One of the challenges of the project was educating people on how to use the home kits – many users were struggling to take a blood sample. Testing with real users, SH:24 found that people were more likely to succeed if they first watched a ‘how to’ video. The organisation then promoted the video: “In the instructions for using the kit we added a link to the video and also added a top tips card to the kit. The video gives people the confidence to do it,” explained Mollie.
Feedback from surveys tells SH:24 that their new service is in tune with users: “It’s brilliant that you can order home tests online and avoid the judgement and shame of going to a clinic. It’s super easy to do and you’ve really thought through the confidential aspects.”
The DIY kits take the pressure off clinicians, allowing them to focus on treating complex cases, in an area of the UK that has one of the highest rates of STIs: the London boroughs of Lambeth and Southwark.
In future, online ordering and home kits will be rolled out to rural areas, where lack of public transport makes it hard to access STI testing services.
“SH:24 sets a new standard for public sector service design and is a deserved winner of the 2016 UXUK Best User Experience award. The UCD approach taken by the team has helped them provide a seamless experience across digital and physical channels.” John Goodall, UXUK Moderator and Bunnyfoot Consultant
Find out more about SH:24 here:
He said yes! Rolf Molich, UX Godfather and co-creator of the original Usability Heuristics, has agreed to join us on the evening of the awards ceremony and give the opening keynote.
Here’s a quick Q&A so you can get to know him a bit better. Thanks Rolf 😀
What was the most challenging UX project that you’ve ever worked on?
Selling a UI-styleguide internally in a large insurance company that I worked for 20 years ago. An interesting challenge to write and debug the UI-standard and to make it usable, but a harder and unexpected challenge to sell it to the users – that is, make the developers pay attention and understand why it was helpful. I learned the hard way that you must never, NEVER police developers.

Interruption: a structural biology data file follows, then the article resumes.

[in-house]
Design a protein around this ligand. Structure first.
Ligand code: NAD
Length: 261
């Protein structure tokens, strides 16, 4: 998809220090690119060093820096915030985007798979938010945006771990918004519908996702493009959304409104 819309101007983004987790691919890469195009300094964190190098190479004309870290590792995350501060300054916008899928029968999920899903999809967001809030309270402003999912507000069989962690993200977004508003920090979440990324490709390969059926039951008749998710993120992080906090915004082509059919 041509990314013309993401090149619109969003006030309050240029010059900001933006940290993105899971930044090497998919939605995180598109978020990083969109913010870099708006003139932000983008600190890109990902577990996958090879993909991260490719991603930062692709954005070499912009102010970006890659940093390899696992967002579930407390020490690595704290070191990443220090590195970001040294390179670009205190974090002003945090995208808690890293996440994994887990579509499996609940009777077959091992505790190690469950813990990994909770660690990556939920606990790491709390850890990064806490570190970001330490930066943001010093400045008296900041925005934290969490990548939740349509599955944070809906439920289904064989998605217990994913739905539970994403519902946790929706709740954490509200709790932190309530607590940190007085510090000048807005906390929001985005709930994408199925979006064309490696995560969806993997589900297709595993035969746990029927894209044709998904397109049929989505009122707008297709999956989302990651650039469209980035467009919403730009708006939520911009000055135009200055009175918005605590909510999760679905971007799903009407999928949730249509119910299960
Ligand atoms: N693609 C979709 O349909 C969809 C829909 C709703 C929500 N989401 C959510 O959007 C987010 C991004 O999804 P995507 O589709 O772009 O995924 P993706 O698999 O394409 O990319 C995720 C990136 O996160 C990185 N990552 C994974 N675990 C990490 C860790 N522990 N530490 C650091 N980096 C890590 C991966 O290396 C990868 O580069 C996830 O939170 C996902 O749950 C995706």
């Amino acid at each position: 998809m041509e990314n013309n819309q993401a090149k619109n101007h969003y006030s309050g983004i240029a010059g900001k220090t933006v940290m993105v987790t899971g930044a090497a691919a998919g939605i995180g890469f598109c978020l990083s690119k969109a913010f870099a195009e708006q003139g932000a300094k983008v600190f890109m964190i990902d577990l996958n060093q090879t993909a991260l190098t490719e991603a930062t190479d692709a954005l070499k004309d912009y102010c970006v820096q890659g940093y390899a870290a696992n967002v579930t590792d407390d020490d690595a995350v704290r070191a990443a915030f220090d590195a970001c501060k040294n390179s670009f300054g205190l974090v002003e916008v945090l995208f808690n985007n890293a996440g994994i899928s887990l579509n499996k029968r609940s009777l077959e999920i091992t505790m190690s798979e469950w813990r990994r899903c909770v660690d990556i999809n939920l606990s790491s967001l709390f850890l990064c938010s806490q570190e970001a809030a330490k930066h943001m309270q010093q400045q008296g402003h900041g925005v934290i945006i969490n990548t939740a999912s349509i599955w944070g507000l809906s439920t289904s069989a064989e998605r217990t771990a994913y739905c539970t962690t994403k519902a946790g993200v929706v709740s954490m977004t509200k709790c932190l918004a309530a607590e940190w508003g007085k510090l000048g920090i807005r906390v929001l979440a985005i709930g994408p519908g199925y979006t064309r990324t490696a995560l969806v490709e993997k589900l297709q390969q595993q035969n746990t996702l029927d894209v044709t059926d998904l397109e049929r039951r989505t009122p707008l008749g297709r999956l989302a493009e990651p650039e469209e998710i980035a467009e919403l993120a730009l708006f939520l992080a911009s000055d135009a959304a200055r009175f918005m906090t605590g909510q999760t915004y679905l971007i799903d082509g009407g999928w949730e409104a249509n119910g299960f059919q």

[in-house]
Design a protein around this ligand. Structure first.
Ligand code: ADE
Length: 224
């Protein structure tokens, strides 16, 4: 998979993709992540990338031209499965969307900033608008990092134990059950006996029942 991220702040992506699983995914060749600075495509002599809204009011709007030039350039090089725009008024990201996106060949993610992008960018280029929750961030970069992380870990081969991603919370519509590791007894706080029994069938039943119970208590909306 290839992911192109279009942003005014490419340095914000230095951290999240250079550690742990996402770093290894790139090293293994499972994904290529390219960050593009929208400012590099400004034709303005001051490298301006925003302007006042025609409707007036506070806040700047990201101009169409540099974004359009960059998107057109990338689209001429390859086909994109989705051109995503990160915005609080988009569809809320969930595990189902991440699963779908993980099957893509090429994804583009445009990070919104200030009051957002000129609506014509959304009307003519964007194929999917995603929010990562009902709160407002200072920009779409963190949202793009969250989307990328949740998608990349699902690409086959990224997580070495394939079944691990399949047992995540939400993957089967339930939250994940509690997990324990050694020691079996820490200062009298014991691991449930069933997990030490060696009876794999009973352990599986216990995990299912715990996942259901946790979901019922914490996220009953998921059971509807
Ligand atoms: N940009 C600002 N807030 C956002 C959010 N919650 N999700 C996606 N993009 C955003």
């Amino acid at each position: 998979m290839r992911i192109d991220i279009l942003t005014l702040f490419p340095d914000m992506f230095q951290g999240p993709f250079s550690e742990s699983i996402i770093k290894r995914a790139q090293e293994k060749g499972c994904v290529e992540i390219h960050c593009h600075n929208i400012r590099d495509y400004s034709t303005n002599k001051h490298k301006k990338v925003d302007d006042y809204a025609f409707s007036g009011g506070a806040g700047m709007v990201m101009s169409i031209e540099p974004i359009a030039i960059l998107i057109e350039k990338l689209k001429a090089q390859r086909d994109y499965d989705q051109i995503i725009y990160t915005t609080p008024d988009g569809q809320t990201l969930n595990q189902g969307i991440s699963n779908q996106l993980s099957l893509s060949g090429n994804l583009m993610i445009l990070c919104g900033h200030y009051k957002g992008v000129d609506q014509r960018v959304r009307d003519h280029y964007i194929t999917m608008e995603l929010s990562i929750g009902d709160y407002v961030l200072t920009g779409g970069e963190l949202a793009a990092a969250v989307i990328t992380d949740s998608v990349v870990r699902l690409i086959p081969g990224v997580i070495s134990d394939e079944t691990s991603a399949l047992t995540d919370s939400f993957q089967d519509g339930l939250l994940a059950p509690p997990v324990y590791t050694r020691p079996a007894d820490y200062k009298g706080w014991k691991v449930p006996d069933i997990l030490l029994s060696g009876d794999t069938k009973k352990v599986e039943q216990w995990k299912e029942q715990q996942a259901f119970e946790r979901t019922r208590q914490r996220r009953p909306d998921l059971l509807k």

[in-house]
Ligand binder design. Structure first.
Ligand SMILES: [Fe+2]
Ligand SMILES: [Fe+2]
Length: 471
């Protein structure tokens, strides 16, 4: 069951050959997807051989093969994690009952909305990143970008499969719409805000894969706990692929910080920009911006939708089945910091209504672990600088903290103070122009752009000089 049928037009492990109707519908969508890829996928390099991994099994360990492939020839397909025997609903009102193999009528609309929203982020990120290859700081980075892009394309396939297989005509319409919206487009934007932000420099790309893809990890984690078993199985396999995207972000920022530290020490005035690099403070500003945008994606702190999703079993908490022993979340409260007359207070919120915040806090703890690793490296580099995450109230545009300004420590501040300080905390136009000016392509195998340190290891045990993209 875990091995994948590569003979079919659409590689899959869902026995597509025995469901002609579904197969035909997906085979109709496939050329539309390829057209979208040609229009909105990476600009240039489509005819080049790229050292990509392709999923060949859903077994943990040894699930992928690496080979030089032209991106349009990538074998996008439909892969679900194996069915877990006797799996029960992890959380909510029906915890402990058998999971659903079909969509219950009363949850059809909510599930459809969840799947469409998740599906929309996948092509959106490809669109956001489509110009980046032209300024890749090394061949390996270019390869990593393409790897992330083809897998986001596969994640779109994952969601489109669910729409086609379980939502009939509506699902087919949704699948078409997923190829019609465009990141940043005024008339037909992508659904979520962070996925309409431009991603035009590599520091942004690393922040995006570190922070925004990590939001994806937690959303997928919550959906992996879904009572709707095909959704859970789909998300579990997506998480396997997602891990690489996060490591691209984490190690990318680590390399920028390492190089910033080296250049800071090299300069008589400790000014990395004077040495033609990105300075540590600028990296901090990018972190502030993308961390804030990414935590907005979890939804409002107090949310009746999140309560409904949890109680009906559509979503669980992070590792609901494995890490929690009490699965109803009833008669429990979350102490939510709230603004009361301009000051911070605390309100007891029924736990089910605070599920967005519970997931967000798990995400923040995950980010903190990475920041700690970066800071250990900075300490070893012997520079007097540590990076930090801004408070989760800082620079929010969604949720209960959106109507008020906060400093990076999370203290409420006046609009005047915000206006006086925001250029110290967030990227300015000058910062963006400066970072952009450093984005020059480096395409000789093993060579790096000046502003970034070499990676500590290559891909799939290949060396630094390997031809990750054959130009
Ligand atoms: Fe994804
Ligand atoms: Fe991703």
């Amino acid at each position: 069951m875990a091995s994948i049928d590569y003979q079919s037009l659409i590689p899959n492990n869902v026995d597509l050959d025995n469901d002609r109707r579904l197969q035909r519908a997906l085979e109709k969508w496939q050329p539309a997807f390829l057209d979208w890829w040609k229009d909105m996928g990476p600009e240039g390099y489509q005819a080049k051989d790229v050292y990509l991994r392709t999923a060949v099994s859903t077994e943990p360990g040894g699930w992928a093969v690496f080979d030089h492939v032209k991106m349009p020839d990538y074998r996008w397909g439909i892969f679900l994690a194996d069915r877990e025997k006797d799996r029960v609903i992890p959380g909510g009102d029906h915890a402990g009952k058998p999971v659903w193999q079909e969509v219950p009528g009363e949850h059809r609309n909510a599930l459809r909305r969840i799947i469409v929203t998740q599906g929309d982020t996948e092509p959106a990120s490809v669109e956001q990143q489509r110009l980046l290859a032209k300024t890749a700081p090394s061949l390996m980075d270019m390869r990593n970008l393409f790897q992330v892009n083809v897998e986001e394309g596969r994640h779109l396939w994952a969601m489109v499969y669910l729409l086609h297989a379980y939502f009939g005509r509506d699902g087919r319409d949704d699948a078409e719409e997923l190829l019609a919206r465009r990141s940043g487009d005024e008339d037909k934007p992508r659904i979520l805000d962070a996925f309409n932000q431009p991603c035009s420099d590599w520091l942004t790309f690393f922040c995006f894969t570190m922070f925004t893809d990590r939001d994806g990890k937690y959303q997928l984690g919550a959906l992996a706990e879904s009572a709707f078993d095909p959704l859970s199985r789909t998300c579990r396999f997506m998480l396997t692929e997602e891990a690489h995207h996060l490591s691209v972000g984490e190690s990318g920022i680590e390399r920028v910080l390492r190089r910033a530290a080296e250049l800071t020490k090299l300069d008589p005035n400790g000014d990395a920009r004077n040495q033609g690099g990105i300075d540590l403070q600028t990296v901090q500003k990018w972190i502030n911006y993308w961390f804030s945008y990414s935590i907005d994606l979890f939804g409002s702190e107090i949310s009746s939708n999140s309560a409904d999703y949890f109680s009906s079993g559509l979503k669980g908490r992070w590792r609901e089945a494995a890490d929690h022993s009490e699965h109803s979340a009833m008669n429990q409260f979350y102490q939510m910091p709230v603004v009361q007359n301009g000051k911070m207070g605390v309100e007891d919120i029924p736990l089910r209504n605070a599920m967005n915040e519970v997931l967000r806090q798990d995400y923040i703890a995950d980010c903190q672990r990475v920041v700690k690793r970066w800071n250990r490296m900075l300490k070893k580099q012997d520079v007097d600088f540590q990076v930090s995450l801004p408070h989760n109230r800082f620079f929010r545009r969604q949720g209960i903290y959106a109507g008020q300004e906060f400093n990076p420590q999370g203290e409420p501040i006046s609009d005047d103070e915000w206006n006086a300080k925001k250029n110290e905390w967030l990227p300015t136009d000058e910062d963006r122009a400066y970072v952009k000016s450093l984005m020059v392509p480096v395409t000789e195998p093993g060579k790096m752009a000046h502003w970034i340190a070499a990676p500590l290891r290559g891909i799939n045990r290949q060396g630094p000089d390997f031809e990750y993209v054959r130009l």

What has been the biggest UX game changer you have seen in the last 20 years
Actually, I have been surprised to see that the basics are to a large extent unchanged over the past 20 years (“the more it changes, the more it’s the same thing”). The basic rules of thumb for design (heuristics) are still the same regardless of technology: Provide useful feedback, speak the users’ language, write constructive and comprehensible error messages, etc.
The basic methods (interview, observation, usability test, usability review) are basically unchanged, Of course, our theoretical knowledge of how to do things right and what not to do has increased tremendously. I am still intrigued by the number of UX Professionals who make basic mistakes in interviews, usability test, usability review and in using basic heuristics.
Which industry has the most potential for improving its UX?
The medical industry.
In your view, which sector is leading the way in usability